In Jesymn Ward’s new book, “Let Us Descend,” the protagonist is a young woman sold down the river to New Orleans during slavery. Ward, a native of Mississippi who teaches at Tulane University, is a master of lyrical writing, and tough subjects. She won National Book Awards for “Sing, Unburied, Sing (2017) and “Salvage The Bones” (2011). Ward’s 2013 nonfiction book, “Men We Reaped: A Memoir,” examined the deaths of male relatives and friends. The book was a poetic expose´about the impact of poverty and the social challenges that Black men face in society. Ward’s ability to move stories along and to present themes in subtle ways is her gift.
In “Let Us Descend,” Ward uses historical fiction to deepen her observations of the South. When contemporary writers approach the past, it is usually done in a way that can reflect on contemporary issues. Several new books by Black writers are in the process of re-examining history including “The American Daughters” by Maurice Carlos Ruffin, a New Orleans writer. “A Kind of Freedom,” published in 2017, by New Orleans native Margaret Wilkerson Sexton was a National Book Award nominee, a New York Times Notable Book and New York Times Book Review Editor’s Choice. The book explores how racism impacts several generations of a Black family in New Orleans. It received accolades “as a luminous and assured first novel,” according to The New York Times.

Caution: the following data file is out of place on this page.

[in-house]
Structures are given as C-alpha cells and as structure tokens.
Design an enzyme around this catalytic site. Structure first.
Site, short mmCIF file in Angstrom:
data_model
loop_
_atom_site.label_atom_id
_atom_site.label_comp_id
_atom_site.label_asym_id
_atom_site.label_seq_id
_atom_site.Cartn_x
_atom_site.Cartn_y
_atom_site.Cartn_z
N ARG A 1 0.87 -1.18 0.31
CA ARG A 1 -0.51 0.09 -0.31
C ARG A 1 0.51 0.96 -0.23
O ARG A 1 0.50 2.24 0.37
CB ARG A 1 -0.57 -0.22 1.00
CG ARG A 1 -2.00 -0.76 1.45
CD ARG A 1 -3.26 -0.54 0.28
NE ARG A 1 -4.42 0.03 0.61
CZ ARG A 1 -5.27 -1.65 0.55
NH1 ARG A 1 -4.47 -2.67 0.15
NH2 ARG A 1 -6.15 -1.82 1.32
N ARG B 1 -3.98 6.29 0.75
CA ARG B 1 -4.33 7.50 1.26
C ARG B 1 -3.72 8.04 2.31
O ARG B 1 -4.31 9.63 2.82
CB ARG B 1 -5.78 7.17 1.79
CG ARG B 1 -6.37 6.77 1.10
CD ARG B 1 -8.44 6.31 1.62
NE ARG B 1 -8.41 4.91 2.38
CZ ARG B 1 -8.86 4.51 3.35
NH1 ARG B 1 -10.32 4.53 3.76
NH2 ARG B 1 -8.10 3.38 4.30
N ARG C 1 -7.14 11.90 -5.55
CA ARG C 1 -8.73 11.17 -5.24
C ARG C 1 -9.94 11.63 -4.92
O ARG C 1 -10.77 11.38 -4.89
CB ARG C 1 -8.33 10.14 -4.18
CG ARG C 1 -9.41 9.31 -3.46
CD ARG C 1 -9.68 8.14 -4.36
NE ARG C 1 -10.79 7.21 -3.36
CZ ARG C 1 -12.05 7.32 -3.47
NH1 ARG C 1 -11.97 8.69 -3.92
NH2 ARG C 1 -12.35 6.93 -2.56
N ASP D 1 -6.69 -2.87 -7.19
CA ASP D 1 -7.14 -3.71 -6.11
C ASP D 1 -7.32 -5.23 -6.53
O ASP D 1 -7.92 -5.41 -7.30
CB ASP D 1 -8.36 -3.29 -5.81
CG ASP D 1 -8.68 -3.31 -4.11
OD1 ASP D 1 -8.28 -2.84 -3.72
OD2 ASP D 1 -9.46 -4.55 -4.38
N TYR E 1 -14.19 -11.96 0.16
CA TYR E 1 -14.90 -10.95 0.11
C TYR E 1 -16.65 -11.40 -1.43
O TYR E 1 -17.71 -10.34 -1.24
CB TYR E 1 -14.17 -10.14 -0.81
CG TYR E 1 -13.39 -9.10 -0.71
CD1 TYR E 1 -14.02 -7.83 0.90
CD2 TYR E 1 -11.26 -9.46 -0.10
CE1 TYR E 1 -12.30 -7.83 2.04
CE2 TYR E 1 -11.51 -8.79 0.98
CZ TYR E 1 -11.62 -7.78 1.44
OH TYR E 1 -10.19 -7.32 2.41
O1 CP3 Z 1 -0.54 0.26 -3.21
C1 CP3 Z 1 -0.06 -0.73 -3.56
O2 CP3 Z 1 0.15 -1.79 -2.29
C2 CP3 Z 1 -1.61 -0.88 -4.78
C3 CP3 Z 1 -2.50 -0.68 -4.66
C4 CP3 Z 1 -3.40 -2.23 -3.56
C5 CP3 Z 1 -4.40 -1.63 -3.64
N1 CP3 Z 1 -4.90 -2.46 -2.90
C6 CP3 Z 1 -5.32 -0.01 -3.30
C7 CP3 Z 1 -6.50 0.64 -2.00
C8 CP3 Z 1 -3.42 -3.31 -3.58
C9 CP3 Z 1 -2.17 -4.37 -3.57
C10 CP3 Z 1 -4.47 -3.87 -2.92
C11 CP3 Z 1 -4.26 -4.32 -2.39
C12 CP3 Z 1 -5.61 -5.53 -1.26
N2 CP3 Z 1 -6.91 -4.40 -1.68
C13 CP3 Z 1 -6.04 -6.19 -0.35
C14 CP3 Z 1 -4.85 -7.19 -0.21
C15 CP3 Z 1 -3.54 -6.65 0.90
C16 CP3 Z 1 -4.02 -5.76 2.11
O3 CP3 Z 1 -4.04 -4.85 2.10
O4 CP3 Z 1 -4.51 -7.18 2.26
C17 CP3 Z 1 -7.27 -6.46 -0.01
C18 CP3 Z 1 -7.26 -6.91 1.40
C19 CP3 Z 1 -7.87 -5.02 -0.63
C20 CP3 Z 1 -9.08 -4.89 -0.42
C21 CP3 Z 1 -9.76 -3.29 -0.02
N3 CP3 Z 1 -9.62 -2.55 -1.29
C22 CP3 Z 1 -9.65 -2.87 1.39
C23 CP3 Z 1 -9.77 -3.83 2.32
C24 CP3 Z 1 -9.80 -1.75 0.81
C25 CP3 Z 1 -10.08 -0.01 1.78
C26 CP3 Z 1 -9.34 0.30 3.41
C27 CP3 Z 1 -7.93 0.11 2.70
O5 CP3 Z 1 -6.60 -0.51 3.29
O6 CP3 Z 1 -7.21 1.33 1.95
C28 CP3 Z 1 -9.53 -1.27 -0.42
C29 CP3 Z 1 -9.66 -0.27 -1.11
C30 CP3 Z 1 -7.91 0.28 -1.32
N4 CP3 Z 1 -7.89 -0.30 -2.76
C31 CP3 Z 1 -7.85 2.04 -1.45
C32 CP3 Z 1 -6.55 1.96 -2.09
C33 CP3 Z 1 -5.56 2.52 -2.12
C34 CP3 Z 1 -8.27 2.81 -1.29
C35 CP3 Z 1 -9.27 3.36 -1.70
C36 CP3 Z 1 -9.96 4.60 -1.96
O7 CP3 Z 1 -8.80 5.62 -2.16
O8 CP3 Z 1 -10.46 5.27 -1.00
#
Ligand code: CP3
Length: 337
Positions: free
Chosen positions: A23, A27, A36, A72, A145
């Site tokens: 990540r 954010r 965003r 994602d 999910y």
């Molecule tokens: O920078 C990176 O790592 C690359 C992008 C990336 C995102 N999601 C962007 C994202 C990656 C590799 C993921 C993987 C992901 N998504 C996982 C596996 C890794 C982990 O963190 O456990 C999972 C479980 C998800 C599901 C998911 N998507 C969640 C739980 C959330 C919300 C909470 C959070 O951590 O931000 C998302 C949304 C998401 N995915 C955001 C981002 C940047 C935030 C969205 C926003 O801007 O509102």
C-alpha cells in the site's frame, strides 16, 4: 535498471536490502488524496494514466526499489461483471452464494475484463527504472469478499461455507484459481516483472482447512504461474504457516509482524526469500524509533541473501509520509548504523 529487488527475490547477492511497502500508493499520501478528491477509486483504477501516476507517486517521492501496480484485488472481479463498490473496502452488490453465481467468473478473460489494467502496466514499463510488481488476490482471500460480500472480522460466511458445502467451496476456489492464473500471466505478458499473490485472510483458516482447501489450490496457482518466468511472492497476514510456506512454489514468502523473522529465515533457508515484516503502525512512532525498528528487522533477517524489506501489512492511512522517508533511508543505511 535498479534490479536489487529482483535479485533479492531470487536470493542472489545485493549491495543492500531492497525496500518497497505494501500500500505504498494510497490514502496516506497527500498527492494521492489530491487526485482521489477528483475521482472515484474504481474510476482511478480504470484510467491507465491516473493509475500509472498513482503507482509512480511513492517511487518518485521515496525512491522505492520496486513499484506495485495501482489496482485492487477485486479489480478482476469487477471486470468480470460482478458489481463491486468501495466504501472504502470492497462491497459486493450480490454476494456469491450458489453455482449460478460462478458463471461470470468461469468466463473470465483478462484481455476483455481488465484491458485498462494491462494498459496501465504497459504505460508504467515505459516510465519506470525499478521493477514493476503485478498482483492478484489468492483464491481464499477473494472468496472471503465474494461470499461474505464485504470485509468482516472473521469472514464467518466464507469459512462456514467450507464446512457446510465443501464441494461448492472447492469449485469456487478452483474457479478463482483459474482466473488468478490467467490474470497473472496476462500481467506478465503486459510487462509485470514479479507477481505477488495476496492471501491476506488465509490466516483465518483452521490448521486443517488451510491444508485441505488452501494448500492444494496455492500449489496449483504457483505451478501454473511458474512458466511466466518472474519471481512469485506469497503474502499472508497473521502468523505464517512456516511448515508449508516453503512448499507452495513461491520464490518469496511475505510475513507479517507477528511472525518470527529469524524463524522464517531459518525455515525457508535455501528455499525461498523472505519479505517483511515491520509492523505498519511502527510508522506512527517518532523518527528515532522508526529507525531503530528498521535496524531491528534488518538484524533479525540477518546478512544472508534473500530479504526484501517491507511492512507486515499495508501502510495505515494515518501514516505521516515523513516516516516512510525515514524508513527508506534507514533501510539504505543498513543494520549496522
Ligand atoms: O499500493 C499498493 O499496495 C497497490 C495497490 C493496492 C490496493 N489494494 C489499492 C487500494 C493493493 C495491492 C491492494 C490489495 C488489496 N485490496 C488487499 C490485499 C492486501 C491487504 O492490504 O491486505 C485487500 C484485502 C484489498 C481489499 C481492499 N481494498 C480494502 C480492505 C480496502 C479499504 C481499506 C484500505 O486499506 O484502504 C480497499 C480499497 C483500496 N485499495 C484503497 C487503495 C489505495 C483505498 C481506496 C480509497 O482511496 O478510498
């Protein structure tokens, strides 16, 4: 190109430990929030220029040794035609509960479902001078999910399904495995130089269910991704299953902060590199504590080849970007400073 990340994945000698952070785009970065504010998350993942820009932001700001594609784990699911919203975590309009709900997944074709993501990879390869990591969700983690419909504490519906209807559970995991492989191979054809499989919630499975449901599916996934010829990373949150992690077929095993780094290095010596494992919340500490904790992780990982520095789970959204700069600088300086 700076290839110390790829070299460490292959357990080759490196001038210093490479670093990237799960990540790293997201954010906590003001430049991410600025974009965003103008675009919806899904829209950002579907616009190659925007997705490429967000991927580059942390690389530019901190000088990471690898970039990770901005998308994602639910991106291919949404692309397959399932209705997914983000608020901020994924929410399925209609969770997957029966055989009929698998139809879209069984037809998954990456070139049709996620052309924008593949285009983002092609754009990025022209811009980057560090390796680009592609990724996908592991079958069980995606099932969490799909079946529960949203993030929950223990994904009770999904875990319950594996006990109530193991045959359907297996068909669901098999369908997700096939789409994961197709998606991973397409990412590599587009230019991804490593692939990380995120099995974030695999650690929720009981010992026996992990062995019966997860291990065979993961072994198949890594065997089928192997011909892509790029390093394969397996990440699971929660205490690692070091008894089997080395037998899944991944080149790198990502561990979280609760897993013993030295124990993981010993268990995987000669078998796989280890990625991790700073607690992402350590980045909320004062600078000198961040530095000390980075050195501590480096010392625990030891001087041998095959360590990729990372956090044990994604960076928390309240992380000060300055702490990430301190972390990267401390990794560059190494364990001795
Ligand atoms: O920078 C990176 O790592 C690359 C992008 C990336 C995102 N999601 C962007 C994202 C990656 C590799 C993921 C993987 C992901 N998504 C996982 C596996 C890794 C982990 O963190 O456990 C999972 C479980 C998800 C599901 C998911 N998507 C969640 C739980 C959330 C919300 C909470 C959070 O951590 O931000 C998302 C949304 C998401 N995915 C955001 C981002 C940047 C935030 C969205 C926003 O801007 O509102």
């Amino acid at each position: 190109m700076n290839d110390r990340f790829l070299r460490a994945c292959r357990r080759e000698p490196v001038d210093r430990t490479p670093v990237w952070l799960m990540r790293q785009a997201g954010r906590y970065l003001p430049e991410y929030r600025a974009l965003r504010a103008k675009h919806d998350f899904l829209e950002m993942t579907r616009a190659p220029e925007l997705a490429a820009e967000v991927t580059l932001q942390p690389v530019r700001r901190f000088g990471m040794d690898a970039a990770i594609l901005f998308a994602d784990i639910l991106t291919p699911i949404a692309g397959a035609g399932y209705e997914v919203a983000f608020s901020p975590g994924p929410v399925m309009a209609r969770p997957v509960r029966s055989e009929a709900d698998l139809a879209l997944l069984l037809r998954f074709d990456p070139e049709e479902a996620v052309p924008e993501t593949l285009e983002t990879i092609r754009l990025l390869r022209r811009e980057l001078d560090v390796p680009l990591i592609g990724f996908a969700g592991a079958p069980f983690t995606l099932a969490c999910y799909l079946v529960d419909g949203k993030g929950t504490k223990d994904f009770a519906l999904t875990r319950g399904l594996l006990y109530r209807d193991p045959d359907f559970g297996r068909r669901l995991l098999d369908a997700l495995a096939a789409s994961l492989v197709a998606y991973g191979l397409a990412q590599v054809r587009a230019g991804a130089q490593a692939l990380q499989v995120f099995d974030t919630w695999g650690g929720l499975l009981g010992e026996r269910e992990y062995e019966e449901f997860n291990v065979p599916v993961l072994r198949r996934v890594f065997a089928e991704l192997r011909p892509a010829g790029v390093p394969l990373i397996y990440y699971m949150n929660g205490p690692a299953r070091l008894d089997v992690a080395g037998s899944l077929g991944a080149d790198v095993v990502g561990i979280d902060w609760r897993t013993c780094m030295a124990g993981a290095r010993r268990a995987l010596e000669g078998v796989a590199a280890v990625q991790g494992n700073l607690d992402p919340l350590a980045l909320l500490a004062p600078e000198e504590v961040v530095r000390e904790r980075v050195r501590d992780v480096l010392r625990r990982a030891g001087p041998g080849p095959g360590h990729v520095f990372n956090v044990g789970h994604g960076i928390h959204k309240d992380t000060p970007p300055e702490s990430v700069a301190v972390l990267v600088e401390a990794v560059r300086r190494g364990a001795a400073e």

A few words about Louisiana’s first African-American poet laureate are in order. Pinkie Gordon Lane wrote five books of poetry. Her second, “The Mystic Female,” was nominated for the Pulitzer Prize in 1979. Lane taught at Leland College in Baker, Louisiana, and Southern University while working on her craft. Born in 1923, Lane was the first Black woman to receive a Ph.D. from Louisiana State University.
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